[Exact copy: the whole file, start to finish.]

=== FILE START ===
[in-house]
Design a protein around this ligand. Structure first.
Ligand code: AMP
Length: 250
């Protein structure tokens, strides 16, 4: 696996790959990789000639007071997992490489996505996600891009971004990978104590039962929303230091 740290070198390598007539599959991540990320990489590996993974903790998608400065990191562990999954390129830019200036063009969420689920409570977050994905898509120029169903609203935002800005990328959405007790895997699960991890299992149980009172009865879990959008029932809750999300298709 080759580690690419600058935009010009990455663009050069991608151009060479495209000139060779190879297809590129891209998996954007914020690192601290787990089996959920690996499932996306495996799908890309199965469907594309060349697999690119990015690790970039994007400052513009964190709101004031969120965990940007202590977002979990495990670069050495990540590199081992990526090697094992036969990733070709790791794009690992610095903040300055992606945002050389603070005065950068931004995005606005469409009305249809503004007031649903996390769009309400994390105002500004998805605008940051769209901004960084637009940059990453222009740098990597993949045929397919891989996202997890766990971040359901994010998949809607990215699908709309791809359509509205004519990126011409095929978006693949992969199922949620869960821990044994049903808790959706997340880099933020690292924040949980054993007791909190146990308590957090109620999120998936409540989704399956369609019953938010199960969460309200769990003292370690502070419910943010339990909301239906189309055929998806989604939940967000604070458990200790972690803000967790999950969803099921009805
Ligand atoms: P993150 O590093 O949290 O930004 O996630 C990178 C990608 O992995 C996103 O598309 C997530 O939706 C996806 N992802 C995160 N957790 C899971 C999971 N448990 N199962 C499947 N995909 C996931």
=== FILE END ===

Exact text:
[in-house]
Design a protein around this ligand. Structure first.
Ligand code: AMP
Length: 250
């Protein structure tokens, strides 16, 4: 696996790959990789000639007071997992490489996505996600891009971004990978104590039962929303230091 740290070198390598007539599959991540990320990489590996993974903790998608400065990191562990999954390129830019200036063009969420689920409570977050994905898509120029169903609203935002800005990328959405007790895997699960991890299992149980009172009865879990959008029932809750999300298709 080759580690690419600058935009010009990455663009050069991608151009060479495209000139060779190879297809590129891209998996954007914020690192601290787990089996959920690996499932996306495996799908890309199965469907594309060349697999690119990015690790970039994007400052513009964190709101004031969120965990940007202590977002979990495990670069050495990540590199081992990526090697094992036969990733070709790791794009690992610095903040300055992606945002050389603070005065950068931004995005606005469409009305249809503004007031649903996390769009309400994390105002500004998805605008940051769209901004960084637009940059990453222009740098990597993949045929397919891989996202997890766990971040359901994010998949809607990215699908709309791809359509509205004519990126011409095929978006693949992969199922949620869960821990044994049903808790959706997340880099933020690292924040949980054993007791909190146990308590957090109620999120998936409540989704399956369609019953938010199960969460309200769990003292370690502070419910943010339990909301239906189309055929998806989604939940967000604070458990200790972690803000967790999950969803099921009805
Ligand atoms: P993150 O590093 O949290 O930004 O996630 C990178 C990608 O992995 C996103 O598309 C997530 O939706 C996806 N992802 C995160 N957790 C899971 C999971 N448990 N199962 C499947 N995909 C996931």